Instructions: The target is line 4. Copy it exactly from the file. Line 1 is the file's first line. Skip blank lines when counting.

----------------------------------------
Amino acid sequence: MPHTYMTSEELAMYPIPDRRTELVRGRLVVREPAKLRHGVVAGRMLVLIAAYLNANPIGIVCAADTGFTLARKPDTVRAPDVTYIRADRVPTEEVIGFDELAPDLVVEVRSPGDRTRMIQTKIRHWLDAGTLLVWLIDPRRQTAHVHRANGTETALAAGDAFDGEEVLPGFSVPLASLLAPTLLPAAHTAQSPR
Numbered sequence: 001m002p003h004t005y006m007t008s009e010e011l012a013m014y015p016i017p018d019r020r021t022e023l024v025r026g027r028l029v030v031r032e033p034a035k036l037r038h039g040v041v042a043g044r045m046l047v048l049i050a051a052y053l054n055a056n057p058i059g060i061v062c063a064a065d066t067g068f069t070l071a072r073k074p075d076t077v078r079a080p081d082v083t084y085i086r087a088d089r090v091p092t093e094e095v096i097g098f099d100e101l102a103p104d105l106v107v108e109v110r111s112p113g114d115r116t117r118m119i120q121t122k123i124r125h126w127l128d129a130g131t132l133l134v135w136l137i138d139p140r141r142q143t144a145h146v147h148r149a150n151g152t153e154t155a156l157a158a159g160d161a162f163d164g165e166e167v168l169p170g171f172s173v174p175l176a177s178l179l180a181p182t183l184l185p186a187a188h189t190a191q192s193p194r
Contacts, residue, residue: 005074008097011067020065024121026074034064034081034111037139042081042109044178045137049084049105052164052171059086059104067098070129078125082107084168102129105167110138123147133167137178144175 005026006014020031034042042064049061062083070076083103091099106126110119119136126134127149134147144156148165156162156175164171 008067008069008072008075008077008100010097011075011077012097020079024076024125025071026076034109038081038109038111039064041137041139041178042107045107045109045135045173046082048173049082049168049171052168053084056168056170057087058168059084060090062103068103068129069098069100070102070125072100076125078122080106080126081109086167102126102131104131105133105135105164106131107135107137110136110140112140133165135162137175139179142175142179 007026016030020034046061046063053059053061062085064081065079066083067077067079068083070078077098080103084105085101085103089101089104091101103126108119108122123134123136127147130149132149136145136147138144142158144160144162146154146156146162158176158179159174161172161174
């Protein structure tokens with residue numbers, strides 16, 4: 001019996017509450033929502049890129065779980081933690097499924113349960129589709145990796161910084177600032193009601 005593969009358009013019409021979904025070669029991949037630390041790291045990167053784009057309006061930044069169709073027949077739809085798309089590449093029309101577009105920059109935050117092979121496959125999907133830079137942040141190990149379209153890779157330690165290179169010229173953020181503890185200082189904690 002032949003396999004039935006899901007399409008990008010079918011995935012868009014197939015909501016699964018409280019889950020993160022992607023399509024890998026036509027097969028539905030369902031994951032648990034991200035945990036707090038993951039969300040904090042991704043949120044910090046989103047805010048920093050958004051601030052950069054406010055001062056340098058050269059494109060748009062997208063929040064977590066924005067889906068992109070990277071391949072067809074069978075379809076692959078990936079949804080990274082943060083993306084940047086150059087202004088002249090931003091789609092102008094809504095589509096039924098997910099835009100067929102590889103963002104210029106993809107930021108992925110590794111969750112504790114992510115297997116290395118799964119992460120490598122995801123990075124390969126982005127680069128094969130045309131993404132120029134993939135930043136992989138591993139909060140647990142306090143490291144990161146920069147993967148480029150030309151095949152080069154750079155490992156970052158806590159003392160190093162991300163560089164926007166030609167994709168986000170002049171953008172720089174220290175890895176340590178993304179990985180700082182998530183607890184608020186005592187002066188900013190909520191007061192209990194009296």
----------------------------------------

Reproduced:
């Protein structure tokens with residue numbers, strides 16, 4: 001019996017509450033929502049890129065779980081933690097499924113349960129589709145990796161910084177600032193009601 005593969009358009013019409021979904025070669029991949037630390041790291045990167053784009057309006061930044069169709073027949077739809085798309089590449093029309101577009105920059109935050117092979121496959125999907133830079137942040141190990149379209153890779157330690165290179169010229173953020181503890185200082189904690 002032949003396999004039935006899901007399409008990008010079918011995935012868009014197939015909501016699964018409280019889950020993160022992607023399509024890998026036509027097969028539905030369902031994951032648990034991200035945990036707090038993951039969300040904090042991704043949120044910090046989103047805010048920093050958004051601030052950069054406010055001062056340098058050269059494109060748009062997208063929040064977590066924005067889906068992109070990277071391949072067809074069978075379809076692959078990936079949804080990274082943060083993306084940047086150059087202004088002249090931003091789609092102008094809504095589509096039924098997910099835009100067929102590889103963002104210029106993809107930021108992925110590794111969750112504790114992510115297997116290395118799964119992460120490598122995801123990075124390969126982005127680069128094969130045309131993404132120029134993939135930043136992989138591993139909060140647990142306090143490291144990161146920069147993967148480029150030309151095949152080069154750079155490992156970052158806590159003392160190093162991300163560089164926007166030609167994709168986000170002049171953008172720089174220290175890895176340590178993304179990985180700082182998530183607890184608020186005592187002066188900013190909520191007061192209990194009296």